North End Native Defeated Five World Champions
by Bobby Franklin
I remember getting to know Tony Shucco when I was a young amateur boxer training at the New Garden Gym in Boston. He would climb the stairs to the fourth floor of the legendary gym many a day to watch the fighters work out. He was usually quiet, but it was obvious he enjoyed being there. Boxing had been and still was his life.
It is sad that such a great fighter, a man who defeated five world champions including two heavyweight champs, is not better remembered. Tony was among the best boxers to fight out of Boston and deserves to be recognized for that.
Not long ago I spoke with his daughter Angela and she allowed me to look at a box filled with letters, photographs, and news clippings of her father’s career. She is very proud of her father and hopes more people will learn about his career.
Tony Shucco was born June 13, 1911 and grew up in Boston’s North End where he lived most of his life. His original name was Anthony Sciucco, but he changed it to the more easily pronounced Shucco when he began boxing.
After an outstanding amateur career that consisted of nearly a hundred bouts and numerous championships, Tony moved onto the professional stage with his first bout taking place in 1928. He would remain undefeated for 18 fights before dropping a decision to the great Johnny Indrisano at the Boston Arena. At this time Tony was campaigning as a welterweight but would begin moving up through the weight classes. And, like so many great boxers who start off at lower weights, he retained the speed and skills that are rarely seen in the heavier fellows.
Tony was a brilliant boxer who possessed one of the best left jabs in the business. Though he rarely weighed over 180 pounds he fought many of the leading heavyweights of his day. He defeated Natie Brown, Lee Ramage, Tuffy Griffiths, and two heavyweight champions, Jack Sharkey and James J. Braddock. He also scored wins over champions Maxie Rosenbloom, Bob Olin, and Lou Brouillard.
Tony Shucco was a solid top contender for years and it is unfortunate he never got a shot at a title. He certainly had the credentials for it, but back in those days there were so many outstanding fighters competing you really needed to be connected to get a shot.
In 1938 Tony traveled to Europe where he had an English representative by the name of Tom Hurst. He was a making a name for himself across the Atlantic with fights in England, Ireland, and Germany. In letters he wrote home he began signing his name “English” Tony Shucco. While there he became close friends with American Flyweight Champion Jackie Jurich who was also represented by Hurst. The clouds of war were starting to gather and it was difficult being separated form his wife Etta and young son Anthony, so Tony returned home. He was immensely popular with the European fans and surely could have built a great reputation on the Continent had he continued fighting there.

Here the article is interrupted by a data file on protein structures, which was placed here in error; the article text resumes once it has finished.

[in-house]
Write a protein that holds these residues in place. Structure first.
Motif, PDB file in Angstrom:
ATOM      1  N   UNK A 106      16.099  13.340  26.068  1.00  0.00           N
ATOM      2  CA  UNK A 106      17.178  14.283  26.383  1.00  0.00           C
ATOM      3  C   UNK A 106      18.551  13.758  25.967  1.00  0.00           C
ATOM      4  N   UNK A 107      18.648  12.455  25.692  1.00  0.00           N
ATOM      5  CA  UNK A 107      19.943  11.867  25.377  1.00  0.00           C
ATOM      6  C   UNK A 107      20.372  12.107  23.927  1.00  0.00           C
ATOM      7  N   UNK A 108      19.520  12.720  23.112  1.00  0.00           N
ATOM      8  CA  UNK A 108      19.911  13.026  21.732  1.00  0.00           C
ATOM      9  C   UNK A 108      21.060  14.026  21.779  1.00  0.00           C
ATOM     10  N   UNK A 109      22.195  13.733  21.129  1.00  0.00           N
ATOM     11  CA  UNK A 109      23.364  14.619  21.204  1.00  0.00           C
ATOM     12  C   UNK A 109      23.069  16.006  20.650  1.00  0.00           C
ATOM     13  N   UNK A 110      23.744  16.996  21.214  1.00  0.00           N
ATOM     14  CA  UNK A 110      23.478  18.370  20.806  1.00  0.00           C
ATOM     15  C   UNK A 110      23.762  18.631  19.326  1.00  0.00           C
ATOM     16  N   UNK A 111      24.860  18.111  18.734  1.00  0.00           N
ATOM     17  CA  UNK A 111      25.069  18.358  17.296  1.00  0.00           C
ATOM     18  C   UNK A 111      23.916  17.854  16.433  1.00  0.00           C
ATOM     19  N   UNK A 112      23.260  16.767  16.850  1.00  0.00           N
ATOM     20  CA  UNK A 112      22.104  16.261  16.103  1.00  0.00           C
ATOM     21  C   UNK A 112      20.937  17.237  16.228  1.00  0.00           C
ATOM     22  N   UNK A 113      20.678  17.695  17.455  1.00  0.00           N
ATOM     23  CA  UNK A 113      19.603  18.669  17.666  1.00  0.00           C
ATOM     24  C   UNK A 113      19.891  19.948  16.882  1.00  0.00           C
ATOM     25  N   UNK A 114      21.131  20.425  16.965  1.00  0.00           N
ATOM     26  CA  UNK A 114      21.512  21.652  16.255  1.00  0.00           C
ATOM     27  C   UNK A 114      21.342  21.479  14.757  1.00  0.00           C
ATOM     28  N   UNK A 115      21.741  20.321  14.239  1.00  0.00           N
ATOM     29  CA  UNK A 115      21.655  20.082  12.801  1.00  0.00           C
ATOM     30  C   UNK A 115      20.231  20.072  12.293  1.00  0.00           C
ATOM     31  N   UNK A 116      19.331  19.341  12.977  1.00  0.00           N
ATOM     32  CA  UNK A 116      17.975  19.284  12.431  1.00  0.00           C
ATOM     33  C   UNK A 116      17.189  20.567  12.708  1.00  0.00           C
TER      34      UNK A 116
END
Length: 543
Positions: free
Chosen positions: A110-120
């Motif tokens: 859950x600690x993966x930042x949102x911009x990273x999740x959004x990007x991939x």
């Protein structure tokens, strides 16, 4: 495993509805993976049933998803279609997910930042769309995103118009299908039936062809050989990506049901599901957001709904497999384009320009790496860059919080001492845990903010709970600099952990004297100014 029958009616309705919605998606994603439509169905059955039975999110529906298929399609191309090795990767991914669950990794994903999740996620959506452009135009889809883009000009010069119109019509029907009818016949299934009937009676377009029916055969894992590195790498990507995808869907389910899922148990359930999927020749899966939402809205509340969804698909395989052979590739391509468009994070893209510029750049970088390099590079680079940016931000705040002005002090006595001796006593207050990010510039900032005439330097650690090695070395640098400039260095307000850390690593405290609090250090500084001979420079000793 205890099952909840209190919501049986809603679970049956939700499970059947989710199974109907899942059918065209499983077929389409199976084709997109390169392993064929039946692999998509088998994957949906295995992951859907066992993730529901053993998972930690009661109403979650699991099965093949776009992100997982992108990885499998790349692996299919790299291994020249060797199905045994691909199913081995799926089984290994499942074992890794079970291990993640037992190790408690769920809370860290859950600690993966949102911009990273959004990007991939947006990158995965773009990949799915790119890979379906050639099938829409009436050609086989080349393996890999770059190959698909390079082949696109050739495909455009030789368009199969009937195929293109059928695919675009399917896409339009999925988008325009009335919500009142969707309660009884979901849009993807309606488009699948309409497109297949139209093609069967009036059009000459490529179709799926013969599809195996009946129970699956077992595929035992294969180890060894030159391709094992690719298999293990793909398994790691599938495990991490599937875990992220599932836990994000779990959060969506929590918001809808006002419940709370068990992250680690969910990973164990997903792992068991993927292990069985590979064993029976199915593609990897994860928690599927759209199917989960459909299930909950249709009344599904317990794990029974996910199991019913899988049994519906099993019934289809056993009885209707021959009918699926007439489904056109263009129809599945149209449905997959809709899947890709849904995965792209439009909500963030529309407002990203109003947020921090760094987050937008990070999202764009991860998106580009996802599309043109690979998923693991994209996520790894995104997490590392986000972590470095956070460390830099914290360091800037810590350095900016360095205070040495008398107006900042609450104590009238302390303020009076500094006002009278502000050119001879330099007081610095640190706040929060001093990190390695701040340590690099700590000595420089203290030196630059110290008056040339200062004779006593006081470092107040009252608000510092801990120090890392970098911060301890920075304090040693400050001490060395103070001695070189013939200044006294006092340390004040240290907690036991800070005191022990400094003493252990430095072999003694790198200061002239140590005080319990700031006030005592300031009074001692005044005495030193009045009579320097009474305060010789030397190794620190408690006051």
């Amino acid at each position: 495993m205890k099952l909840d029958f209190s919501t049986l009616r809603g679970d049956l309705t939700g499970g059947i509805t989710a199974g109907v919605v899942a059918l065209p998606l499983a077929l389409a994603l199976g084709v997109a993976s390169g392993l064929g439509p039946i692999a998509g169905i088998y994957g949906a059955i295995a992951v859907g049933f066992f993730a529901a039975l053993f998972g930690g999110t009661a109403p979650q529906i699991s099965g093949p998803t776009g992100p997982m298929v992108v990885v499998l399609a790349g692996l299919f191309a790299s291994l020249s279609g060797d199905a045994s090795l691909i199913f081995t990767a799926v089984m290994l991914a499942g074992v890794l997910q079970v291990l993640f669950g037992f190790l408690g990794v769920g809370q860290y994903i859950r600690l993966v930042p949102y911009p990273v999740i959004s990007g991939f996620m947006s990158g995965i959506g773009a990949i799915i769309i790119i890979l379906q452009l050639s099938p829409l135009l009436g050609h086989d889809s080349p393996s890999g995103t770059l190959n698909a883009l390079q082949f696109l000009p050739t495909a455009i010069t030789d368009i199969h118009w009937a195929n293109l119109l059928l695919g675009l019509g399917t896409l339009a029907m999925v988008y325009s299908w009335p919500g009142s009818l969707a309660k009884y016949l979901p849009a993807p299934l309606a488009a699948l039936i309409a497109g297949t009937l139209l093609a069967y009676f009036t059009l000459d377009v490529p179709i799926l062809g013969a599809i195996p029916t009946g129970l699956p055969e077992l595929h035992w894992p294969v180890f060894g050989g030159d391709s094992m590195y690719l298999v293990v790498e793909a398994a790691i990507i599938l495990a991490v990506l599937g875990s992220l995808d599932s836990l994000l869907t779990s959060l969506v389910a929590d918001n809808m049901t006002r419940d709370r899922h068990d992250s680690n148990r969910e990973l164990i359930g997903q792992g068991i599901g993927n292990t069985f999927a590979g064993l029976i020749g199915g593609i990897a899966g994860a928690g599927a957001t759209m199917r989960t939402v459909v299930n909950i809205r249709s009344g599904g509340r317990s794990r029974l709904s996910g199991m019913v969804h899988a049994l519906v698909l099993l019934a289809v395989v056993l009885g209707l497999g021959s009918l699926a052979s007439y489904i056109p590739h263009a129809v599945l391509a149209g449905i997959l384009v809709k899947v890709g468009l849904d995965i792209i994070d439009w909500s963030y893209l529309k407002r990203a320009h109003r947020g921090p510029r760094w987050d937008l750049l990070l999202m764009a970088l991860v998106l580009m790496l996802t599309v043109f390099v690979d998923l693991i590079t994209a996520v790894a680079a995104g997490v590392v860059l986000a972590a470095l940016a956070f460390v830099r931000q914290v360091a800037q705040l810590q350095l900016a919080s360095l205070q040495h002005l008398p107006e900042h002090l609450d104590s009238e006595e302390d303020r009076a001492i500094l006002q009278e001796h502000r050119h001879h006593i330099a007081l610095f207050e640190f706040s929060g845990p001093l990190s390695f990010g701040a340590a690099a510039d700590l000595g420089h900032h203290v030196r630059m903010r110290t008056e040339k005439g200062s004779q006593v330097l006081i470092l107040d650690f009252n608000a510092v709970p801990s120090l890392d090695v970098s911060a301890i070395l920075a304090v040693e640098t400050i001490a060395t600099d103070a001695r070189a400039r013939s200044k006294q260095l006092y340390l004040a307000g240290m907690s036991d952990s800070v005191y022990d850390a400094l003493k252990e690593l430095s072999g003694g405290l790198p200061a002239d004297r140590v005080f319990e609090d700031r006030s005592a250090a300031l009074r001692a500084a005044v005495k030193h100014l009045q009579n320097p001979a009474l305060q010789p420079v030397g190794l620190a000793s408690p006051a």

When he returned to the States he dropped a close decision to top rated heavyweight Bob Pastor and then went on a winning streak. It is at this point in Tony’s career where he just couldn’t catch a break. In 1940 Heavyweight Champion Joe Louis agreed to defend his title in Boston. The logical opponent for Joe would have been Tony Shucco who was on a six fight winning streak. Tony was back from Europe, in good shape, and full of confidence. Unfortunately, the title shot was given to Al McCoy who had lost three of his last six fights including two consecutive losses leading up to the Louis fight. I am not sure why McCoy was chosen over Tony, but it should have been Shucco in the ring on that December night.
I am not arguing Tony would have beaten Louis as there wasn’t a man on the planet who could have taken Joe back then. But, I will make the case Shucco had the style to give the Brown Bomber some trouble. It is also highly possible Tony could have lasted the distance. It is a shame he did not get the opportunity to fight for boxing’s biggest prize against its greatest champion. I can guarantee you he would have been remembered for that and would have made Boston proud.
It is interesting to note that after the loss to Pastor, Tony continued without a loss until he retired in 1942. In spite of this great record he would never get that elusive shot at the title.
In 1944 Tony embarked on a comeback. He had seven bouts winning three, losing two, with one ending in a draw. He retired for good in 1944.
When I got to know Tony he was showing the effects of the punches he took later in his career. I remember being told at the time that his managers, one of whom was a relative that I shall not name, kept him fighting to cash in on his reputation. At this point Tony’s legs were not what they used to be and he was taking punches he easily would have avoided as a younger man. Once again, that dark side of boxing reared its ugly head.
I spent many an afternoon talking with Tony in the New Garden Gym. He aways stressed the importance of the left jab to me. He would say “Kid, keep hitting ‘em with the left, and every once in a while toss in a right so they don’t get bored.” He also stressed to me to always fight fair. He told me “Even if the other guy pulls stuff on you never sink to his level.”
There is a sign at the corner of Bowdoin and Cambridge Streets in Boston that names it “Anthony Sciucco Square”. There are two things wrong with this sign. One, it is a Gold Star sign that is meant to remember a fallen soldier. Two, it should read Anthony “Tony Shucco” Sciucco Square, and have a pair of boxing gloves on it. Maybe some politician will read this and correct that oversight.
Tony Shucco passed away February 26, 1983. It was an honor to know this great man. I know his family is very proud of him. It is time Boston rediscovers him. He was one of its greatest athletes, and a man who always fought fair even though he wasn’t treated that way.
Video: Shucco vs Lydon: